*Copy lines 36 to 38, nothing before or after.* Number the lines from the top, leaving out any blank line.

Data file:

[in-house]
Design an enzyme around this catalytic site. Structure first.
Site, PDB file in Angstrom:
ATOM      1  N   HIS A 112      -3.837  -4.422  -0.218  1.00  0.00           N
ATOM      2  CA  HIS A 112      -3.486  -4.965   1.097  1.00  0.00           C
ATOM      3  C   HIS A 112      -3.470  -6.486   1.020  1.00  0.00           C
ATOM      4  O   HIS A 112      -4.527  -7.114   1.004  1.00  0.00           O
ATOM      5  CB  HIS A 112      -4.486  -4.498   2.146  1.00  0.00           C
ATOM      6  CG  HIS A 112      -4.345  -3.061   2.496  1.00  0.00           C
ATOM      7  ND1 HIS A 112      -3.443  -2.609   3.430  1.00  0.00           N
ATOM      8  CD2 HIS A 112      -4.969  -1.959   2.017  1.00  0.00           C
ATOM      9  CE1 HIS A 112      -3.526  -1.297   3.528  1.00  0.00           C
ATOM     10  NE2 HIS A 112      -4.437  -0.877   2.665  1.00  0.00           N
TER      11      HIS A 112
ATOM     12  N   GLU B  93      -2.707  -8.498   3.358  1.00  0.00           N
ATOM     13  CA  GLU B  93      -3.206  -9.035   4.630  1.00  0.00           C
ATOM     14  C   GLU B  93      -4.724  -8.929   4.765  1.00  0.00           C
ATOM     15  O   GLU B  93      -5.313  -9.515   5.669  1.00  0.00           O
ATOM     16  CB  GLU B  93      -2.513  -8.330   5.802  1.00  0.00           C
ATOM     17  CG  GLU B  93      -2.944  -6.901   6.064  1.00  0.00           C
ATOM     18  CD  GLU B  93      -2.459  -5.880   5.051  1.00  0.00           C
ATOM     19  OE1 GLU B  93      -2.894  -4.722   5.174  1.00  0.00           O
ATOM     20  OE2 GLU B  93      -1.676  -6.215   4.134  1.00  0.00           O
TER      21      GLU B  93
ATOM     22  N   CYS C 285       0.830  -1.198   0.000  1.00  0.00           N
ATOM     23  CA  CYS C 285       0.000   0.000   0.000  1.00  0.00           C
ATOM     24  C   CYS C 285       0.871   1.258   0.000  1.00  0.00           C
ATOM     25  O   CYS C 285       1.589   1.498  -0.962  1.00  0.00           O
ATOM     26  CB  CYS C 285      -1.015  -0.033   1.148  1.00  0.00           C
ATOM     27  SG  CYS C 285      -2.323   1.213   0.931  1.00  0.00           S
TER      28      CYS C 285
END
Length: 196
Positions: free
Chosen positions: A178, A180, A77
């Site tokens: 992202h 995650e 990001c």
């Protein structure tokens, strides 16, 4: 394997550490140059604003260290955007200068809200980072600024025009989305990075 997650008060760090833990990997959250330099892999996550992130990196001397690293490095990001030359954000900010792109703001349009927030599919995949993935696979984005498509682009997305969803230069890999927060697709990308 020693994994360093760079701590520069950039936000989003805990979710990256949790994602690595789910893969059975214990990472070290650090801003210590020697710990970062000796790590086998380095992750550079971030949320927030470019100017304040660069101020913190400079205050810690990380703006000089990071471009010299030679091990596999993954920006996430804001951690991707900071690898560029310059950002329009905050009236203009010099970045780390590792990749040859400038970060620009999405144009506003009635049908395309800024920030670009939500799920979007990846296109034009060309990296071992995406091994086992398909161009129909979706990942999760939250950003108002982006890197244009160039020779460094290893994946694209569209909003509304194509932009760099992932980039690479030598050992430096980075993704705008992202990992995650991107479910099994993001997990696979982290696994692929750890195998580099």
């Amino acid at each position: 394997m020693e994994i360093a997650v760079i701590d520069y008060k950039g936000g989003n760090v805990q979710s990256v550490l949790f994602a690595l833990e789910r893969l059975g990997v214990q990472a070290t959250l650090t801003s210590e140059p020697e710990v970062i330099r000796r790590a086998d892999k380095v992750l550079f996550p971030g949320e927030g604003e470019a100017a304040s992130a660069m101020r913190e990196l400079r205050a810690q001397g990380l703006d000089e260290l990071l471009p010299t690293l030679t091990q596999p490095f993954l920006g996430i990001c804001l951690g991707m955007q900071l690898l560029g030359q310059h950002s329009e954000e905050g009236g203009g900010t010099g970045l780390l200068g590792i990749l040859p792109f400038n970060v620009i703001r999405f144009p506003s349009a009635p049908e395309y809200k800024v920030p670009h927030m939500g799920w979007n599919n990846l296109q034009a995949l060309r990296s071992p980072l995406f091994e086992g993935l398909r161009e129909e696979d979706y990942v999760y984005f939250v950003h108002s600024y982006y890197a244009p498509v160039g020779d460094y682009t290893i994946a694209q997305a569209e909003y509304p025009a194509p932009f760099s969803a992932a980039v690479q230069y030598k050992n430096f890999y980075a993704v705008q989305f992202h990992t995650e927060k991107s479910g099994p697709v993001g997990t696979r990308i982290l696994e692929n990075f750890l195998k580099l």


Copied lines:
């Site tokens: 992202h 995650e 990001c």
């Protein structure tokens, strides 16, 4: 394997550490140059604003260290955007200068809200980072600024025009989305990075 997650008060760090833990990997959250330099892999996550992130990196001397690293490095990001030359954000900010792109703001349009927030599919995949993935696979984005498509682009997305969803230069890999927060697709990308 020693994994360093760079701590520069950039936000989003805990979710990256949790994602690595789910893969059975214990990472070290650090801003210590020697710990970062000796790590086998380095992750550079971030949320927030470019100017304040660069101020913190400079205050810690990380703006000089990071471009010299030679091990596999993954920006996430804001951690991707900071690898560029310059950002329009905050009236203009010099970045780390590792990749040859400038970060620009999405144009506003009635049908395309800024920030670009939500799920979007990846296109034009060309990296071992995406091994086992398909161009129909979706990942999760939250950003108002982006890197244009160039020779460094290893994946694209569209909003509304194509932009760099992932980039690479030598050992430096980075993704705008992202990992995650991107479910099994993001997990696979982290696994692929750890195998580099």
């Amino acid at each position: 394997m020693e994994i360093a997650v760079i701590d520069y008060k950039g936000g989003n760090v805990q979710s990256v550490l949790f994602a690595l833990e789910r893969l059975g990997v214990q990472a070290t959250l650090t801003s210590e140059p020697e710990v970062i330099r000796r790590a086998d892999k380095v992750l550079f996550p971030g949320e927030g604003e470019a100017a304040s992130a660069m101020r913190e990196l400079r205050a810690q001397g990380l703006d000089e260290l990071l471009p010299t690293l030679t091990q596999p490095f993954l920006g996430i990001c804001l951690g991707m955007q900071l690898l560029g030359q310059h950002s329009e954000e905050g009236g203009g900010t010099g970045l780390l200068g590792i990749l040859p792109f400038n970060v620009i703001r999405f144009p506003s349009a009635p049908e395309y809200k800024v920030p670009h927030m939500g799920w979007n599919n990846l296109q034009a995949l060309r990296s071992p980072l995406f091994e086992g993935l398909r161009e129909e696979d979706y990942v999760y984005f939250v950003h108002s600024y982006y890197a244009p498509v160039g020779d460094y682009t290893i994946a694209q997305a569209e909003y509304p025009a194509p932009f760099s969803a992932a980039v690479q230069y030598k050992n430096f890999y980075a993704v705008q989305f992202h990992t995650e927060k991107s479910g099994p697709v993001g997990t696979r990308i982290l696994e692929n990075f750890l195998k580099l």